Programming for the web is a bit like creating a Frankenstein monster. It is an amalgamation of different technologies that weren’t always created to work together. It reminds me of Marry Shelly’s shambling monstrosity in that it is composed of seemingly unrelated parts, crudely sewn together to create something that ends up working somehow.
All this will probably only happen in some dystopian future sometime after the English language is reengineered to be more efficient, consistent, and structured. That would be doubleplusgood, no?
Well enough philosophizing and on to some Google Web Toolkit goodness… I guess I could have titled this article “Google Web Toolkit: So you know some Java and you want to do some client-side web programming?”
I am not here to evangelize GWT, but rather to provide a Java developer’s initial opinion on and experience with the technology.
GWT has the advantage over Flash in that GWT just requires a web browser, no plug-ins needed. So far the apps I have created with GWT have worked great on all the mobile devices I tested them on. Flash does not work on iOS, and has mixed results on Android.
The SDK generates HTML and CSS pages for you but the HTML page requires a little configuring. Also to include any fancy formatting you have to modify the CSS page. For my calculator app I just changed a couple of titles and included a division to specify where to insert the app on the page with id="GWTCalcGoesHere". Google’s tutorial explains how to do all this.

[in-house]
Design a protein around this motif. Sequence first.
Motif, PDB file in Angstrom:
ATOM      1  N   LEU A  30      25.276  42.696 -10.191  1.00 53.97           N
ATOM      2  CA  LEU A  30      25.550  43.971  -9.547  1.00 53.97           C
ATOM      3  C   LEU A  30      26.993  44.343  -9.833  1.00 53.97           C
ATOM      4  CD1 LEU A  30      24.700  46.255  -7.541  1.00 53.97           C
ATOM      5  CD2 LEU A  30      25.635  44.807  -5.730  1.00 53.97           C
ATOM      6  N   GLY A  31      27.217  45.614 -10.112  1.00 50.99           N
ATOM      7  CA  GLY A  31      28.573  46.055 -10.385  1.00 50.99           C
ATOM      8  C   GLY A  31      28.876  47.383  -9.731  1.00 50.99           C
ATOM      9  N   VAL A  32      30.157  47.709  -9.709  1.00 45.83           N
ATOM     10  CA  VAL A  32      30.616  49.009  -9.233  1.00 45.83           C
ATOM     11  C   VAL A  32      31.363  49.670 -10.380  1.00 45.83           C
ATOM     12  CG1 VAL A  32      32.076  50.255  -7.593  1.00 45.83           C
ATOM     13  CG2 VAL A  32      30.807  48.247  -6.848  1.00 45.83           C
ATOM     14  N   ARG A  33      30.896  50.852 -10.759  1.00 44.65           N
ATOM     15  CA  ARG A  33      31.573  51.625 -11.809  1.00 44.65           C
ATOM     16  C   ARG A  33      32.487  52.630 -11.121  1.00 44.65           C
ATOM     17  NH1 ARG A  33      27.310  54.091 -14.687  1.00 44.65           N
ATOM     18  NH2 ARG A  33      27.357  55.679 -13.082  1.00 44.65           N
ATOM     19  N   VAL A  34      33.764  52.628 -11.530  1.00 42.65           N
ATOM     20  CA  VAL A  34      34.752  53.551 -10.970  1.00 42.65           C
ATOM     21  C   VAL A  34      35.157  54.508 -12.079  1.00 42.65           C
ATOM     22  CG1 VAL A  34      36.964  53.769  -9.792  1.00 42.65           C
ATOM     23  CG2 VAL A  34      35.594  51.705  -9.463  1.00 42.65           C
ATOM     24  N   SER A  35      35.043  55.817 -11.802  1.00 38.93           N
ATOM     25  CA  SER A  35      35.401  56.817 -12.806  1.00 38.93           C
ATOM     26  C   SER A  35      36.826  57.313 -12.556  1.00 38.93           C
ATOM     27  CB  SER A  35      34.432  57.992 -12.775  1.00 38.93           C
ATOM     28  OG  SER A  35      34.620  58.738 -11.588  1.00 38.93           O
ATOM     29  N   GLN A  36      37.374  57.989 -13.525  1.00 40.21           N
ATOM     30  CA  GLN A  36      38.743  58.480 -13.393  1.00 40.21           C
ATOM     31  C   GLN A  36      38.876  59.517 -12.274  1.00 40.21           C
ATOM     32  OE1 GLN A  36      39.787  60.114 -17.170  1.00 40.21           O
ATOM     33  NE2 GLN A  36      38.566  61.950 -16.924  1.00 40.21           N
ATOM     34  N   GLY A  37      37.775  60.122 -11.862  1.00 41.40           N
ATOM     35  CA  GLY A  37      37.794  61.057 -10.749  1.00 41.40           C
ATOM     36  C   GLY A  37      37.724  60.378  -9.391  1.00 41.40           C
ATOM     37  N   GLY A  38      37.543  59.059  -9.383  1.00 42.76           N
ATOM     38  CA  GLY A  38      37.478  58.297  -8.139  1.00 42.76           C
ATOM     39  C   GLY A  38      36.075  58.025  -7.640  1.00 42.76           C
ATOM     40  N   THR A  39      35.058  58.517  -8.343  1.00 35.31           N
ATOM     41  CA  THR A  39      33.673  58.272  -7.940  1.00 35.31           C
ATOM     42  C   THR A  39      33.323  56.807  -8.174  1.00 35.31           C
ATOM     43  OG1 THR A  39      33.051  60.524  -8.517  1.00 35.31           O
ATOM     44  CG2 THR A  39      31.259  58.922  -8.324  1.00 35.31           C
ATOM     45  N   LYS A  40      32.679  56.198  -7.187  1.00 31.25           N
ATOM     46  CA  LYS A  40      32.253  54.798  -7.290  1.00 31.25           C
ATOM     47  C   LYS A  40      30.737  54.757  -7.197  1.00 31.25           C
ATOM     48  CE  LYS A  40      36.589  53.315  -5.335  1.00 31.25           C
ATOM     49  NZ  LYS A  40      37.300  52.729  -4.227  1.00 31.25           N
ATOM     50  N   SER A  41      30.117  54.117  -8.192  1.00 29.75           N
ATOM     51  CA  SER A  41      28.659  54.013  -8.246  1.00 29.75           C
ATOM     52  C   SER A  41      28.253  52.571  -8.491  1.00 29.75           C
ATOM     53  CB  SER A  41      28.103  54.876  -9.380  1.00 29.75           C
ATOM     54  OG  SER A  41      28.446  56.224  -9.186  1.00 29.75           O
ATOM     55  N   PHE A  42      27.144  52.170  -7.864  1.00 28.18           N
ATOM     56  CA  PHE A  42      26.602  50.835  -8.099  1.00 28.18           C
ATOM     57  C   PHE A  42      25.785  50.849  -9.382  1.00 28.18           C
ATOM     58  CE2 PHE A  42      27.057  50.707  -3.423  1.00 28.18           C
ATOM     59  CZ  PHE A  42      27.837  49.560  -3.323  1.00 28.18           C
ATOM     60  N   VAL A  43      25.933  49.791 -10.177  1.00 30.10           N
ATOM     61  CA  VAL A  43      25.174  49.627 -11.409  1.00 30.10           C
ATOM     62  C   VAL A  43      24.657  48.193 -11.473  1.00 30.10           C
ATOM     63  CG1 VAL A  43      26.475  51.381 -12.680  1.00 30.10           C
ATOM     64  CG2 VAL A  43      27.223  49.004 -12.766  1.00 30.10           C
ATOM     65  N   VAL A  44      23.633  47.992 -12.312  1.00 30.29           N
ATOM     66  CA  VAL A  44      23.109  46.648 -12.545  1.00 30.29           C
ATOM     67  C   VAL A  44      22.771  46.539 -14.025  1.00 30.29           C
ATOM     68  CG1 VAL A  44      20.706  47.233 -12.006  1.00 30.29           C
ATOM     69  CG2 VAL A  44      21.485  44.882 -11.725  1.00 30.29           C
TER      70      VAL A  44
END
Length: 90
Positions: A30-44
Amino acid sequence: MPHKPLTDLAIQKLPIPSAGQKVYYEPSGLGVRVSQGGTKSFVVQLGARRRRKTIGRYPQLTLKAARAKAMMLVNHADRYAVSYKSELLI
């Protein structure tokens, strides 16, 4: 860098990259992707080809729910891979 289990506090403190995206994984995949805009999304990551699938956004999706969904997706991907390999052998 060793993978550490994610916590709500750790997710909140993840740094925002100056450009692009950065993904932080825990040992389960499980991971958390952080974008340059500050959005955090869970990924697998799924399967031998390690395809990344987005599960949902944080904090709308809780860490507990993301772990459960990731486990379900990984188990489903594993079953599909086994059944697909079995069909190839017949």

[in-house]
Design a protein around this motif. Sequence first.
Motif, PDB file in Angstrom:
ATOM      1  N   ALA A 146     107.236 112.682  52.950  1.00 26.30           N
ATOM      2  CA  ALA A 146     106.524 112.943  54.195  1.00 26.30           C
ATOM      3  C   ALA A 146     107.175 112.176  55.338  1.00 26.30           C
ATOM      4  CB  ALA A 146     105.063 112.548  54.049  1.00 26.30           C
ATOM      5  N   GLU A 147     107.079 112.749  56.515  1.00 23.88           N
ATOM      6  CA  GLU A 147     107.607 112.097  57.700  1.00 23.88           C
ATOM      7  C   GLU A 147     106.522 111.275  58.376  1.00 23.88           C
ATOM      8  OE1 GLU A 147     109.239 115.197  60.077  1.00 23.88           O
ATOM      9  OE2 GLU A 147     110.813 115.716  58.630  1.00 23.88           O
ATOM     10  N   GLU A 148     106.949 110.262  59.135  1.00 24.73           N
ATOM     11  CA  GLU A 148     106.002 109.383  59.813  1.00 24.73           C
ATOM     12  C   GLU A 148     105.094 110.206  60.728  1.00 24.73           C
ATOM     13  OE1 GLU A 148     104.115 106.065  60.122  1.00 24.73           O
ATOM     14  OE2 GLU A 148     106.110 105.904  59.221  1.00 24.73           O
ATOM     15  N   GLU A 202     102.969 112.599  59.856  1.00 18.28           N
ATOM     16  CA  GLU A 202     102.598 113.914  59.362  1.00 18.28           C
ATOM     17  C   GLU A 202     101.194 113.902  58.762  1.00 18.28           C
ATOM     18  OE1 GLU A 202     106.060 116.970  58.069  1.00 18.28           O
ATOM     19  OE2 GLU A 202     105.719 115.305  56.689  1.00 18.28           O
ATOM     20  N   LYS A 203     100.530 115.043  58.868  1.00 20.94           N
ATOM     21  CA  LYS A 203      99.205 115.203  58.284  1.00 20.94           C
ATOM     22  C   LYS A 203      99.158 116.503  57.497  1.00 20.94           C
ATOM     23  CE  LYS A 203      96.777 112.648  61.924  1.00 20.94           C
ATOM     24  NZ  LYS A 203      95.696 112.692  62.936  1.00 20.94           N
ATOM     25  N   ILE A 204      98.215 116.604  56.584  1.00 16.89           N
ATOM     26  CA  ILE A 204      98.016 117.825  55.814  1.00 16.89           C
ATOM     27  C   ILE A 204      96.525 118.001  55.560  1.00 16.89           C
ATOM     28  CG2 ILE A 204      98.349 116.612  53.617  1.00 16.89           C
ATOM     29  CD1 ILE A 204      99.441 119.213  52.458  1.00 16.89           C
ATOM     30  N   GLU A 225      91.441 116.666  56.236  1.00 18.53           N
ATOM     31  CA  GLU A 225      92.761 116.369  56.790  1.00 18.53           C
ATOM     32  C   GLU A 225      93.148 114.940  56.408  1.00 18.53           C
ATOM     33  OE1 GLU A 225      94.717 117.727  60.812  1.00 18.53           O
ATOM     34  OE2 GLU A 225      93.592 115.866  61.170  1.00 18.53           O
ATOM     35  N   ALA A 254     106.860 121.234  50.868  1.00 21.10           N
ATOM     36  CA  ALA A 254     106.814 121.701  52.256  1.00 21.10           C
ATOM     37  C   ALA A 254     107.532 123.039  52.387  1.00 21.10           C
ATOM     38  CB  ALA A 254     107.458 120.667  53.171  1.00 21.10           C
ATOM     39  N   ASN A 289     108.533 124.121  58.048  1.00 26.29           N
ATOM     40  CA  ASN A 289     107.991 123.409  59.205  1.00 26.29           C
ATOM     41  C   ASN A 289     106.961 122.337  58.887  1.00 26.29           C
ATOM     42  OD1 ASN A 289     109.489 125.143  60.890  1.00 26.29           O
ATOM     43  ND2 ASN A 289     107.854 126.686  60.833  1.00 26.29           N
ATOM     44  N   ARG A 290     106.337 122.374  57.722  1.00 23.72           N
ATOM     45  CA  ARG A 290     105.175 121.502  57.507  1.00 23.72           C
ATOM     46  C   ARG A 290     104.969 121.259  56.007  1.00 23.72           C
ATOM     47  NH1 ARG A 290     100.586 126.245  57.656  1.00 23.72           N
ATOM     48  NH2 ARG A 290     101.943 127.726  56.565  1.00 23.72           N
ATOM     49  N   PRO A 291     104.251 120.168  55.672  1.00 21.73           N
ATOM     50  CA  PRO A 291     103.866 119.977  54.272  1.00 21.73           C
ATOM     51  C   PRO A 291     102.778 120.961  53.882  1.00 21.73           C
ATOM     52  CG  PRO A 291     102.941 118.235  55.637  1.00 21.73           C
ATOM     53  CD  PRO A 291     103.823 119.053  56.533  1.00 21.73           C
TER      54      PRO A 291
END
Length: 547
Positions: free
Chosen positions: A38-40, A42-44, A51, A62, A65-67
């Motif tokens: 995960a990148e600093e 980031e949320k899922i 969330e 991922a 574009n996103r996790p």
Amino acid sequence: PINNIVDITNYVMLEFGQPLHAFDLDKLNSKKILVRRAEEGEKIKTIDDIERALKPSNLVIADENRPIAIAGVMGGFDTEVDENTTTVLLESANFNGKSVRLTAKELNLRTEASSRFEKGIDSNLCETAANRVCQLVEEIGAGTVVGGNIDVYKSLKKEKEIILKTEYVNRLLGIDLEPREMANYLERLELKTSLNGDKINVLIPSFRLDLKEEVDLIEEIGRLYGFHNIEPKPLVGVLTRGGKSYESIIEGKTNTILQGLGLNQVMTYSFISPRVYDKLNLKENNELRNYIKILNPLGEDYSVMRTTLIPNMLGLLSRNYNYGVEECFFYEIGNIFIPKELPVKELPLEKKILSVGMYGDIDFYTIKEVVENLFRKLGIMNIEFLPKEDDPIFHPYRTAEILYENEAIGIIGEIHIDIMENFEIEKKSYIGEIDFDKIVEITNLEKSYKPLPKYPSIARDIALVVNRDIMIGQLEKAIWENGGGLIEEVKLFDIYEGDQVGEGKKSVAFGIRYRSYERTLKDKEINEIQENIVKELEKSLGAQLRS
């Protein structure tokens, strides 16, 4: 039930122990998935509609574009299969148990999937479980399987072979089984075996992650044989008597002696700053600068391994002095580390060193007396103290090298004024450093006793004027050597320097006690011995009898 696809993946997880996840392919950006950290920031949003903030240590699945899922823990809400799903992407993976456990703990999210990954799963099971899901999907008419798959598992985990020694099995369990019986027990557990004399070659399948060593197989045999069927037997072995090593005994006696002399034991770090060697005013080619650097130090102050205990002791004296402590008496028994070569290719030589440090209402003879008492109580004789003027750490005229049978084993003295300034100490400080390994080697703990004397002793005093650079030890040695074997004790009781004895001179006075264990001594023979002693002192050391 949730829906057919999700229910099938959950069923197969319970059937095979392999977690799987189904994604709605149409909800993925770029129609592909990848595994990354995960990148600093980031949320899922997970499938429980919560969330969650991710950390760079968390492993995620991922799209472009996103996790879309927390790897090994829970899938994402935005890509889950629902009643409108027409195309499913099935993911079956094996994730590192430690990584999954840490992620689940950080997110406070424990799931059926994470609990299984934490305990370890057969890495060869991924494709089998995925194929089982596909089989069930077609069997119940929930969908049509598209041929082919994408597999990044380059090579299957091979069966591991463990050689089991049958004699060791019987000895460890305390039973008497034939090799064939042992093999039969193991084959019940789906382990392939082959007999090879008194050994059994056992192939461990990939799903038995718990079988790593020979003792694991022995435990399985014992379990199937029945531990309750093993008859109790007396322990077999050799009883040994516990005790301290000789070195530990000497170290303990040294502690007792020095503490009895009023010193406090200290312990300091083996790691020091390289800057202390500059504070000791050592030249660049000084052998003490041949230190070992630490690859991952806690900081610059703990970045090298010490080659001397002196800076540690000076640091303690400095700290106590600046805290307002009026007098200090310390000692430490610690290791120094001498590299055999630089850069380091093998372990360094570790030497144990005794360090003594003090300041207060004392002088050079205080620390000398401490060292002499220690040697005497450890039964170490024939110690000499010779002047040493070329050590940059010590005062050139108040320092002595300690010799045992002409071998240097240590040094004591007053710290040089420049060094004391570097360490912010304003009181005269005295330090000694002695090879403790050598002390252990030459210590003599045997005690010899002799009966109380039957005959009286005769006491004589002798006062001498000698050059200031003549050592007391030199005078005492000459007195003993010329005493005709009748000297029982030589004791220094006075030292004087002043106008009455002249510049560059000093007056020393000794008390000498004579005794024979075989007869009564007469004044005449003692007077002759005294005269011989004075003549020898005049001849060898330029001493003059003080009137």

On the negative side, I imagine that GWT can be likened to Dreamweaver (or a high level programming language) wherein the code produced is typically less compact and efficient than code written manually in the underlying technology. How significant the difference is, I don’t know. As with every programming technology there is a tradeoff between development time and cost vs. performance of the end product.
To get started with GWT I recommend visiting Google’s GWT page, installing the software, and doing their StockWatcher tutorial. You can skip the CSS steps if you are not interested in making it look pretty. It only took me a couple of hours to get GWT installed, read the introductions, and do the tutorial. Then it took a few more hours to get comfortable with the libraries, and write a couple of apps. Assuming you developed a fair proficiency with Java, learning GWT should be pretty easy.
Although the bulk of the libraries I have worked with are from GWT and not JRE, GWT does a good job of keeping things Java-like so it is easy to find the method names you are looking for. The syntax is the same and for the simple projects I worked on it pretty much feels like you are writing a Java app when working with GWT. The GWT online documentation even closely resembles the Oracle API documentation for Java, so there is no new learning curve. I do wish it included more code examples but this can be said for any programming language’s online documentation.
(Google, if you are reading this I would be happy to write billions of code snippets for you at a highly affordable price.)
So below is the link to the simple calculator application and source code I wrote using the GWT plug-in for Eclipse: